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Cash retentions are money held back by larger contractors and clients from subcontractors in issues of non-performance arise such as defects arise on work undertaken.
Money is deducted by clients from payment to their subcontractors, who then consequently hold back similar figures from their own subcontractors.
In theory, if there are no defects, then the monies are paid in full to the subcontractor in a timely manner. However, the system is known to be widely abused.
Retentions are on average worth 5% of a contract’s total value, but can be up to 20%.
Cash retentions are deducted from payments owed in respect of labour, materials and works already delivered and carried out, and therefore legally belong to the companies that carried out the work.
Thousands of SMEs in the industry wait 2 - 3 years to recover outstanding retentions, which despite the Construction Act routinely get linked to decision, certificates and events, under contract above, but they can be kept for as long as 10 years.
The value of cash retentions is often higher than the profit margin for work undertaken and sits at an amount which is; a) over the small claims threshold and therefore not viable under the courts system, and b) not necessarily viable under an adjudication.
Retentions are held by private and public sector clients against their subcontractors, with over £10.5bn of SME working capital locked in retentions annually. Some £7.8 billion of this has been unpaid in the last three years.
Over £1 billion in cash retentions is owed to 12 of the largest construction companies, according to research from SEC Group.
Construction giant Carillion held around £800m in retentions at the time of its insolvency (although in total Carillion owed subcontractors around £2 billion).
Some 84 per cent of public bodies, including local authorities, apply cash retentions on businesses within their supply chain.
The amount of retentions held by public bodies ranged from 1.5 – 10% of the value of the work.
Of the public bodies holding cash retentions: 20% invested the cash, 51% used the cash as working capital, 27% left the cash untouched, and only 2% did not draw down the funds until needed.
Deprivation of working capital leaves businesses unable to grow (bid for new work), invest (engineering R&D and investment in digital transformation), recruit (new workers and apprentices), pay tax bills, and therefore precludes productivity improvement.
As retention monies are not protected, ring-fenced or held in trust, if a contractor goes bust, the money is lost by subcontractors, and goes to other creditors, often outside the industry.
In the UK, recent government research shows £700m of retentions were lost from upstream insolvency in the last three years. For each working day, the industry loses almost £1m, £4.5m a week or £20m a month.
Research has found that SMEs spend on average 130 hours per year chasing late payment from larger firms. 34% of SMEs borrow to cover cash flow issues caused by cash retentions.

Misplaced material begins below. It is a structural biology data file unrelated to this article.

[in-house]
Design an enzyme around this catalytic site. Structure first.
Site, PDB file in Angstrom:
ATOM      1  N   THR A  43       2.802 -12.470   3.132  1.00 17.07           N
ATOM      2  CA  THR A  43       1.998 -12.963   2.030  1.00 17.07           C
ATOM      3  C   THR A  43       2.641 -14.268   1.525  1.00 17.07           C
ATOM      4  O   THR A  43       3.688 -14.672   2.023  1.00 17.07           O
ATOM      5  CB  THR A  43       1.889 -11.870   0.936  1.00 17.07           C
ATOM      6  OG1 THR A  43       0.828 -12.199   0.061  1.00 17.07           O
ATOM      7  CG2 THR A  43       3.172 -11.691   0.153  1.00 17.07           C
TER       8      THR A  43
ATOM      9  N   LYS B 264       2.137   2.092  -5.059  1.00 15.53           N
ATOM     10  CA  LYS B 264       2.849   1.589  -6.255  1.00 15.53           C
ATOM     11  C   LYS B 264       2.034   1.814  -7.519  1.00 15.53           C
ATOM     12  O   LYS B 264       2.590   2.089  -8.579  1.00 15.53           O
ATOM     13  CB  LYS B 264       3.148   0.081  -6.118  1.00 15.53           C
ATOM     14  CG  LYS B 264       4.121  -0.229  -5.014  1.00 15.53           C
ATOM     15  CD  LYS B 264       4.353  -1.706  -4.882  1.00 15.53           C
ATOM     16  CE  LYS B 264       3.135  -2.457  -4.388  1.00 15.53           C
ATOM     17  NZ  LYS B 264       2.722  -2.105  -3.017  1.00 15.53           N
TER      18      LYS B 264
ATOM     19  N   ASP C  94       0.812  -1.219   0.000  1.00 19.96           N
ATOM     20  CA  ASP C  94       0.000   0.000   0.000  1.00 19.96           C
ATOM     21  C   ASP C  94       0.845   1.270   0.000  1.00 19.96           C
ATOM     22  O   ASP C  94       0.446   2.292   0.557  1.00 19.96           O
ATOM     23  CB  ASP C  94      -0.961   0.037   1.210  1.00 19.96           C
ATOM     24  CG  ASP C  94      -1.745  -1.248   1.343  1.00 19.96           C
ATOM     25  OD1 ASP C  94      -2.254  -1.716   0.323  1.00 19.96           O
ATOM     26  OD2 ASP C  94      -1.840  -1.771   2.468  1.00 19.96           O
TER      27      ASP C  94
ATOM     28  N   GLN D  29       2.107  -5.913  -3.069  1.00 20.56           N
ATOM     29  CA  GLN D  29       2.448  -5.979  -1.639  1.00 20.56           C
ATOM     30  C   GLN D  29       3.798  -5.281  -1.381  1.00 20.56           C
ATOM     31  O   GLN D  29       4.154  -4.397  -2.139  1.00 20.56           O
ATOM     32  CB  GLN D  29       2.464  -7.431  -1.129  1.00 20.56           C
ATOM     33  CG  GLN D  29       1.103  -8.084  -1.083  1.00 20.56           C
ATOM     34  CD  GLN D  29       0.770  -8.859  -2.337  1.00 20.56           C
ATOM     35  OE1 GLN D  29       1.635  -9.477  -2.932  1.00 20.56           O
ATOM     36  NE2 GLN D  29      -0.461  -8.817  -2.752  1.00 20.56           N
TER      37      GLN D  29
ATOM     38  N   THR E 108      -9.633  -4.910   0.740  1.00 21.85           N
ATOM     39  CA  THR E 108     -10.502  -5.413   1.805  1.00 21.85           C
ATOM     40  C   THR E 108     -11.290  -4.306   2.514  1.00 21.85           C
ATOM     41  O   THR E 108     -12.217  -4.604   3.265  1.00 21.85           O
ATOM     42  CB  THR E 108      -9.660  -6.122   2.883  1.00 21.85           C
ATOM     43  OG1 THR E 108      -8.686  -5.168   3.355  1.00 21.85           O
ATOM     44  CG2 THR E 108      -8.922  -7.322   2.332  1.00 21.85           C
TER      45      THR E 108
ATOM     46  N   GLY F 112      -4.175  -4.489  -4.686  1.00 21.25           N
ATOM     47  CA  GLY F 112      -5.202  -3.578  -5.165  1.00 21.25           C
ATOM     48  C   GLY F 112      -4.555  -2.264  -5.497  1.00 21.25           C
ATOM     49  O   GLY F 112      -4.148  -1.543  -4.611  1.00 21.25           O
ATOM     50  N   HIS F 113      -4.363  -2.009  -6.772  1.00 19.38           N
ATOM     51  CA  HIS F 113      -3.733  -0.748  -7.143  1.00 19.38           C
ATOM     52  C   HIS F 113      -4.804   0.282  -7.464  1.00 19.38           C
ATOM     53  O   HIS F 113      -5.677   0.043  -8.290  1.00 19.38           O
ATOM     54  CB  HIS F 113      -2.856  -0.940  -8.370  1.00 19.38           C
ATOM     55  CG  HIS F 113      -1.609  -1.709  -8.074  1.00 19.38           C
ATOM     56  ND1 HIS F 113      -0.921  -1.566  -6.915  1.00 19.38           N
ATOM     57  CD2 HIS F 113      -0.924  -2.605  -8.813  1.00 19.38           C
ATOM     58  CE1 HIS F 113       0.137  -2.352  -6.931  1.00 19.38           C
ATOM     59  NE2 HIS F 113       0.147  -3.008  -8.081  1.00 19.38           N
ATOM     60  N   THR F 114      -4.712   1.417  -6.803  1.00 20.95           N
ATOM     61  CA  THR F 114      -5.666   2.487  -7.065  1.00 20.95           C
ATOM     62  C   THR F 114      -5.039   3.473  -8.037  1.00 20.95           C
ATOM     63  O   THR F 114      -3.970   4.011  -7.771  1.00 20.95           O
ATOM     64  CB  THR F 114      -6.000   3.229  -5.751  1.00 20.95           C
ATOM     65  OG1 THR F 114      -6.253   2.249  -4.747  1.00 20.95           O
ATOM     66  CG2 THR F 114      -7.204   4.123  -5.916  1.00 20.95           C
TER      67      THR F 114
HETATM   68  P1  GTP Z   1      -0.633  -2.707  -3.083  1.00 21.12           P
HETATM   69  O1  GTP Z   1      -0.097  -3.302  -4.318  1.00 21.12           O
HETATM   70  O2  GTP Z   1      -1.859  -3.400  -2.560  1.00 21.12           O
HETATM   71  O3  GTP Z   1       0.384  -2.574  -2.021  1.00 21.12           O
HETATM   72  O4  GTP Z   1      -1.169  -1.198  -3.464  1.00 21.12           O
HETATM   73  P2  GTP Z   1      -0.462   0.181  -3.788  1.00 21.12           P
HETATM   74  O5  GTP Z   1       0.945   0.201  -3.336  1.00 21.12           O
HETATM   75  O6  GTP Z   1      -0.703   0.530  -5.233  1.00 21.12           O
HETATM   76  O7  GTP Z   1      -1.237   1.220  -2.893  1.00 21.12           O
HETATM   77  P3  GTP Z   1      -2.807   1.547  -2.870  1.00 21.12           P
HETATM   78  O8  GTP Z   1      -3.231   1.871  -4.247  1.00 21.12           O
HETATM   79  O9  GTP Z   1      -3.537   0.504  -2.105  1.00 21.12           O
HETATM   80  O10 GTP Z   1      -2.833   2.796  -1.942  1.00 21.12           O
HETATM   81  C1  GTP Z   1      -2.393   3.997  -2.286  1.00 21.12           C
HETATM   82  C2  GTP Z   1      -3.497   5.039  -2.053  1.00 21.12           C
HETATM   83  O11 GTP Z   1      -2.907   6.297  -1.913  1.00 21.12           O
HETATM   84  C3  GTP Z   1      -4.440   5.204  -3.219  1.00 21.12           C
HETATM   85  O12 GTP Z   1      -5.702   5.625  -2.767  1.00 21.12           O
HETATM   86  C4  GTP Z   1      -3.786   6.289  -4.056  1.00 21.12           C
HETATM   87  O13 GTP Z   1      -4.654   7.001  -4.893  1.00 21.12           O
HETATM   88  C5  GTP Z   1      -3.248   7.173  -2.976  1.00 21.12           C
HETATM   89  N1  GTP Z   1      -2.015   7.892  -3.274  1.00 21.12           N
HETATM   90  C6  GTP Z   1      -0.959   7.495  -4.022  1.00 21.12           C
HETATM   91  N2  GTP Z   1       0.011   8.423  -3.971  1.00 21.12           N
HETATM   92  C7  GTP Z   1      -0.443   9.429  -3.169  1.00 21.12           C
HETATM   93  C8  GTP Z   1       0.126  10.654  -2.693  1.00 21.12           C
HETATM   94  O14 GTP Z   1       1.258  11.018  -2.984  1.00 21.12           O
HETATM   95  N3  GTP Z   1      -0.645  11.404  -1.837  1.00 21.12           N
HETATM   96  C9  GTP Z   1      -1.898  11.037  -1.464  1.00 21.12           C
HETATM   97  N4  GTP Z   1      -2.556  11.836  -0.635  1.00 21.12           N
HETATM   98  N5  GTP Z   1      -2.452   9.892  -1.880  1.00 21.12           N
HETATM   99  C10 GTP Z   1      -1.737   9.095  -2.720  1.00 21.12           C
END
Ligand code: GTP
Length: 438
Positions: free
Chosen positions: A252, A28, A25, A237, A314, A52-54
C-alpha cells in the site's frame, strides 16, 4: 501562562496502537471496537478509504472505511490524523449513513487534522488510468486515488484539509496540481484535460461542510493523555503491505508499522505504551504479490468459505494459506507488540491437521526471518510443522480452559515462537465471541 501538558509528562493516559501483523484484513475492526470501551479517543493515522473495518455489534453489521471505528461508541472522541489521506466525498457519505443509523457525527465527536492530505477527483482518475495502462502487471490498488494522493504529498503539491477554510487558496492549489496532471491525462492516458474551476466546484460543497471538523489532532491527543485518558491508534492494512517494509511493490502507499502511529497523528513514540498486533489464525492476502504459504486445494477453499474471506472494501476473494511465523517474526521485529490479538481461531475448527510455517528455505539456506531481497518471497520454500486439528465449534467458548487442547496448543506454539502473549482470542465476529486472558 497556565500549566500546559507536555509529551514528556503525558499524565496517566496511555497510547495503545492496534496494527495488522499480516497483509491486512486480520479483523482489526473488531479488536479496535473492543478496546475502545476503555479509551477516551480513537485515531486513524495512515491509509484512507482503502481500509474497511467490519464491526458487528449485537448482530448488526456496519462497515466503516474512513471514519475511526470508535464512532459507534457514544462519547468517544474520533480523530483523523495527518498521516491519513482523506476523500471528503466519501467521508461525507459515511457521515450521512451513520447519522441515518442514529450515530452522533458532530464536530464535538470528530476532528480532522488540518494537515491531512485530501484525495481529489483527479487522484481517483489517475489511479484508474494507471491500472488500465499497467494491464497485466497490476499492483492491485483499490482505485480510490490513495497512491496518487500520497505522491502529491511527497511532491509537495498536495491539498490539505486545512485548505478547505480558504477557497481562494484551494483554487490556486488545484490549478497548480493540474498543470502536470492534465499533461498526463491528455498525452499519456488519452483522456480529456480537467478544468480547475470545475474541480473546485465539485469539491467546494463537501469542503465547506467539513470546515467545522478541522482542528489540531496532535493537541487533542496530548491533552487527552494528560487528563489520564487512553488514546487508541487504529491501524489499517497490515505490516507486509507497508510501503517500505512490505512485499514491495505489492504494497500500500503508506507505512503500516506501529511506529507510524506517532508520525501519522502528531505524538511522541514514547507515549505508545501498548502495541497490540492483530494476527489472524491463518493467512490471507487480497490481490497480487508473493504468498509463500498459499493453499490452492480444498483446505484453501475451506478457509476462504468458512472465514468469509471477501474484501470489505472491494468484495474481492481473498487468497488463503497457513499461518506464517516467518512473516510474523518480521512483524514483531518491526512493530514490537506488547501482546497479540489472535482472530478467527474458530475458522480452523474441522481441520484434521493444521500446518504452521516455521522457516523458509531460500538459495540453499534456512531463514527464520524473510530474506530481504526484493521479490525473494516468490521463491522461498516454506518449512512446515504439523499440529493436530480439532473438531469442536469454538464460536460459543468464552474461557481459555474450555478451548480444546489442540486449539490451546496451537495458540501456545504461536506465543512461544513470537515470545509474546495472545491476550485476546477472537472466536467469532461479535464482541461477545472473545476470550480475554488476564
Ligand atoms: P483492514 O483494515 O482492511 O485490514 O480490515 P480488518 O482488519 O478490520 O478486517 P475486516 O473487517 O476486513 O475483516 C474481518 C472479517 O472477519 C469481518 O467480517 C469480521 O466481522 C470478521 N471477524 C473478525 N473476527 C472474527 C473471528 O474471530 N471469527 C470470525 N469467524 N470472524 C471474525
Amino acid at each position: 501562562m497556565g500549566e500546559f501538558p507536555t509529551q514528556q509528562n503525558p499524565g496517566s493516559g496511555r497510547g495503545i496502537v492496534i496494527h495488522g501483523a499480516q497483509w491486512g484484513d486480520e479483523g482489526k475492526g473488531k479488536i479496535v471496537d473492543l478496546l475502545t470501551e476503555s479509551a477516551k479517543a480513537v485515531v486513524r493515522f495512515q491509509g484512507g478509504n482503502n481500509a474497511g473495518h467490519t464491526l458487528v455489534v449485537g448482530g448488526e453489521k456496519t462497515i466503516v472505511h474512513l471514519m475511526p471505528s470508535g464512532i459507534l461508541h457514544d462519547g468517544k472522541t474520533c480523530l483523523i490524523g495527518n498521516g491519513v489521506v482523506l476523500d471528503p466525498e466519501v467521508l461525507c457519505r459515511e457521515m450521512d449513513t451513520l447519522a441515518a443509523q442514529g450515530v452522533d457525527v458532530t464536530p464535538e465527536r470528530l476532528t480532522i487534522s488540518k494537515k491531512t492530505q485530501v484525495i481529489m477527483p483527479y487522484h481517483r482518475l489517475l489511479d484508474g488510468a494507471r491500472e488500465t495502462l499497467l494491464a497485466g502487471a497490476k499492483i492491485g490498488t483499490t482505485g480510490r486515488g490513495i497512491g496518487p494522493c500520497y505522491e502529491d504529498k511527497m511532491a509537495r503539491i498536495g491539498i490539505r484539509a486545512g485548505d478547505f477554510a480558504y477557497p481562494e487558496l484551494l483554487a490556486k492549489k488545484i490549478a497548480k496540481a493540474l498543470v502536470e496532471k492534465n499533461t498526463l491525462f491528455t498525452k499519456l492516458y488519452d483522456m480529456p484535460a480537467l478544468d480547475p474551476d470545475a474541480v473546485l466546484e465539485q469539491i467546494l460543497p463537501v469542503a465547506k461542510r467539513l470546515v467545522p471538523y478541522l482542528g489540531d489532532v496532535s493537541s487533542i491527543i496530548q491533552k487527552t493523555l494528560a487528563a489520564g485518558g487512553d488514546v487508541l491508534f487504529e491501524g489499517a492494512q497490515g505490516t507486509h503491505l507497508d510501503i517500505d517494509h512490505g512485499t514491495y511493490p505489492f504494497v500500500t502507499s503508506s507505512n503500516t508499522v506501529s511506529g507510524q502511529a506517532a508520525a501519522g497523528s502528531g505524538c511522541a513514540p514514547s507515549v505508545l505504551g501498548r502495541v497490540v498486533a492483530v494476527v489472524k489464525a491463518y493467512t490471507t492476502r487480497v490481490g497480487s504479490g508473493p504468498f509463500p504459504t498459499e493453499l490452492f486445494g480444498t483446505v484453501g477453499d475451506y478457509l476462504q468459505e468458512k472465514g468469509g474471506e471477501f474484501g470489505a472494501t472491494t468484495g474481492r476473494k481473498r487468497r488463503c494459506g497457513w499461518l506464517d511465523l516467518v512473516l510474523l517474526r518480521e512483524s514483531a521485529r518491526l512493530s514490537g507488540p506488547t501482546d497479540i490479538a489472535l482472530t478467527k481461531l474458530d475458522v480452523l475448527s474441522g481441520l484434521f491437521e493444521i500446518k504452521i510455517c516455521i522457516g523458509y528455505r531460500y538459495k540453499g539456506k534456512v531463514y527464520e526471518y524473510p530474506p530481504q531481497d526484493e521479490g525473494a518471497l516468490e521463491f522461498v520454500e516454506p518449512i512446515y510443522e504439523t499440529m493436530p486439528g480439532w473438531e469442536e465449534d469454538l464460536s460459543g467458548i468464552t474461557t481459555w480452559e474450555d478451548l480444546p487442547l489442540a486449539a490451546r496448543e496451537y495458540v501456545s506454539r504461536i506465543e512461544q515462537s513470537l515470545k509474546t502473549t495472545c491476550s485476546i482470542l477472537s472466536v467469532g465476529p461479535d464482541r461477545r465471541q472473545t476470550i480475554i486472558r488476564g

Often this is written off as bad debt, due to the resource implications of chasing monies due.
Cash flow issues leave businesses unable to: bid for new work, take on new workers and apprentices, pay tax bills, and improve productivity.
The knock-on effects of cash retentions can also include stress and mental health issues.
The current system is also a causal factor in bringing about a less efficient public procurement system and results in lower tax receipts for the public purse.
Managing Director, NRT Building Services Group Ltd
“We are an SME electrical contractor, and also a member of ECA. Like many firms, average payment terms for monies owed to us are between 45 and 60 days. In the past 12 months, two of our existing clients have asked us to go to 90 day payment, which we declined and have chosen to no longer work for those two companies, but that’s a tough decision.
“Some of the businesses we work for offer earlier payment on extended payment terms in exchange for a fee of up to 3% to get paid on time. However, our profit margins not much more than 3%, making this completely unviable and unfair in any case.
“We spend a lot of money investing in training and apprentices, but this is unfortunately one of the first areas we need to cut back on when we are paid late.
“In terms of retentions, as a business we currently have £252,000 being held, of which £117,000 is work currently ongoing and £135,000 is jobs that are finished with no outstanding problems.
“Sometimes your money can be held in retentions through no fault of your own. On a construction site there could be 20 different trades that participated, and your money could be held back because somebody else has not resolved a dripping tap, for example. Despite the Construction Act, pay when certified is still rife!
“If the Aldous Bill enters into law, this could make a massive difference by ensuring monies owed to us in cash retentions are not unfairly withheld from our business.”
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